Is there a chart somewhere that tells you what S, SL, SE, etc., actually mean when they’re tacked onto a make and model insignia? I’ve tried googling but I can’t actually find any results that are about the system of designating trim.
why do they have to mean anything?
they vary so much by manufacturer that to make any sense of them, writ large, is a pointless endeavor.
S usually means a sport version (different gear ratios, stiffer suspension, peppier engine, etc)
E usually means economy
L usually means either luxury or long wheelbase, depending on the manufacturer
it all depends on what the manufacturer means them to be. in Ford parlance, “S” is the base, no frills model (you’ll find these at finer rental establishments near you.) “SE” is the next level up, “SEL” is above that, and sometimes there’s a “Limited” or “Sport” at the top. Chrysler used to do SE, then SXT, then R/T. The only one that “meant” anything was R/T (for “Road/Track.”) they couldn’t live up to that moniker, but oh well.
They’re generally pretty arbitary. They’re not even always consistent within makes. Sometimes there’s even trim inflation, where the cheapest trim gets dropped and they invent a new top-o-the-line. For example, I had an old 70’s Chevy truck with the smallest engine and zero options (no power steering or brakes, no cigarette lighter, no carpet) that was somehow a Custom Deluxe. A few years earlier it would have only been a “Custom”, which had in turn been the Luxury truck in the early 60’s. During the next redesign, they dropped Custom Deluxe and the Cheyenne trim, which had been near the top when my truck was made, became the bottom of the barrel.
I think similar things have been happening with all the DX/LX/SE nonsense that seems to go on with the Japanese cars-- my old Accord LX was the top of the line in its day, but on the current one LX is the cheap trim, with the EX being the fancy one.
I know that the Civic and Accord are different, but my in my day, the LX was always the cheap Civic. The Si (discontinued for a while) was always the top one, with the EX just behind. I had both an Si and then an EX. The LX was the economy version.
Until the early Seventies, the various car lines had individual names like Greasyjack mentions for his truck.
Chevys went from Biscayne to BelAir to Impala. This worked well when there was only one Chevy. Beginning in the early Sixties manufacturers began making different sized cars, compact, mid-size, subcompact, ponycars, etc. The new cars had their own model names - Chevy II 100, 300 and Nova. Soon there were so many damn names that nobody could keep track.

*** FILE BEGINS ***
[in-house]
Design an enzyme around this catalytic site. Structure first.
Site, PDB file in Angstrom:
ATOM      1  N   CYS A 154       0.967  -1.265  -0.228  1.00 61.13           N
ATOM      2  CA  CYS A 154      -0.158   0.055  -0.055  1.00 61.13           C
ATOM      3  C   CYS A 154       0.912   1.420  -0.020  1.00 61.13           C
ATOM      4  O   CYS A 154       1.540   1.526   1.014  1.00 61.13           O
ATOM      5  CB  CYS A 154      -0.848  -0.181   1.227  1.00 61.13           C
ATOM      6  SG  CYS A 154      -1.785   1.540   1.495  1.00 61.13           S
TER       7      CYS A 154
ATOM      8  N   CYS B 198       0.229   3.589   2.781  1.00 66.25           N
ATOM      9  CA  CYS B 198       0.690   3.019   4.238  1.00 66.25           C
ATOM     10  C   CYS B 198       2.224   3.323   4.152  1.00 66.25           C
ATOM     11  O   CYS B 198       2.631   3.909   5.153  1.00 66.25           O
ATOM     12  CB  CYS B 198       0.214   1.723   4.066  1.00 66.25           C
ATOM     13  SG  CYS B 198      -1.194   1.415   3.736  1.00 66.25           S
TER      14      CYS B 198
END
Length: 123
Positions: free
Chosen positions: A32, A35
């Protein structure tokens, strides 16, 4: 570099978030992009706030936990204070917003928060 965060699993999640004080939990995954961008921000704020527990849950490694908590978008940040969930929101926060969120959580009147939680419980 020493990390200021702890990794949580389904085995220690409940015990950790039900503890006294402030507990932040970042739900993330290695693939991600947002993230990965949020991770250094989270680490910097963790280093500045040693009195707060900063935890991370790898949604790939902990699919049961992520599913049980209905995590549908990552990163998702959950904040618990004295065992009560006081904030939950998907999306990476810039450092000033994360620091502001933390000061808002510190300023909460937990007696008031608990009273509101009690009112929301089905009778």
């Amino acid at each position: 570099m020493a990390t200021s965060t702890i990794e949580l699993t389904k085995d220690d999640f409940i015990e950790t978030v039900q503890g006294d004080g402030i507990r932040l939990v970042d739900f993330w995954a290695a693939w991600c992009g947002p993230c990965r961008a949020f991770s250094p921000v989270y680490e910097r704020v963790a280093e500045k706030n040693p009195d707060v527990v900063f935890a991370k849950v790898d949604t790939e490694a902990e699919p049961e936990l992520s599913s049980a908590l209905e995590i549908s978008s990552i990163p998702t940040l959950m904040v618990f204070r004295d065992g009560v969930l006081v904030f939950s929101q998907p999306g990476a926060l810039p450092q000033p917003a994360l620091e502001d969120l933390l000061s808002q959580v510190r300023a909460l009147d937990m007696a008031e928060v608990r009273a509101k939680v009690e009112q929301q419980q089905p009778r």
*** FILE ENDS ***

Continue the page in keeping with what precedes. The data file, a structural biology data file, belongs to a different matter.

The Japanese popularized the idea of option packages instead of individual options. They differentiated them with S, SE, XL and all of the stuff you see now. Detroit followed suit because they had to drill fewer holes for the nameplates and save paperwork by eliminating model names and just listing the letters with their option packages on the back page of the catalogs. Instead of two or three model names for each platform, you had a three step plan for each of them and they were labeled the same within that brand.
Since the new model designations were more or less meaningless, the public came on board too. No longer would they feel shame for owning a base Biscayne instead of a BelAir. Now they owned an SE and your neighbor didn’t know that was good or bad. You told them it meant Special Edition or LuXury or whatnot and everyone was happy.
I’d like to see one market a really awesome muscle care and give it the brand name of BAD SOB. I think there might be a market for it.
That’s even worse than my idea for Mazda to make a car called the Rhadi…
Actually, I like your idea much better than my own.
Maybe my hypothetical car should be called a BAD ASSSOB.
I can see it now:
Oh, it’s a Fishburn Badass MF!
Thanks for answering, folks. I had thought they were standardized because I was looking at the website of a local used car place and their dropdown for “Trim” had all those letters in it, even if you hadn’t picked a make and model yet. I drove a Cutlass Ciera SL for years and never had the first idea what that meant.
As others have said, there is no standard. Some of them are semi-standard throughout the automotive industry though.
SE = Special Edition or Sports Edition
R/T = Road and Track
RS = Rally Sport
SS = Super Sport
SL = Sport Light (i.e. light weight and sporty) or Series Limited
ST = Sport Touring
LE = Limited Edition
LTD = Limited
LS = Limited Series, Luxury Sport, or Luxury Sedan
GT = Grand Touring (gran turismo in Italian)
GTS = Gran Turismo Sport
GTO = Gran Turismo Omologato (Which is Italian for Grand Touring Homologated)
LX or LXE = Luxury Edition
DX = Deluxe Edition
DLX = Deluxe
CE = Compact Edition
CL = Comfort Luxe
ES = Euro Sport
GL = Grand Luxury
C = Convertible, Coupe, or Compact
R usually means racing or rally. L usually means luxury. A lower case i added to the mix of letters often means fuel injection (this was more common when fuel injection was a new thing).
Similarly, a ‘D’ in the mix will usually mean diesel. At least on cars here in Europe.
TD = turbo diesel
2.0T = 2 liter turbo
AWD = All-wheel drive (implies full-time system)
4WD = 4-wheel drive (implies a part-time system)
Z = Marketing (Sounds Cool: Turbo Z, Shelby Z, 370Z, etc)
Ironically, the full designation of “Sport”, not the initial, has evolved to mean: Pretty much entry level, with just enough creature comforts to meet your needs.
But then the Fusion Sport is the top tier model.
It’s individual to the auto manufacturer. An S or L on one doesn’t mean the same on another. You got to look it up by manufactuer.
Fusion Sport: Which is further evidence that there are no wonderful standard meaning to all the designations.
Many designations don’t mean anything other than: This sounds cool and will market well.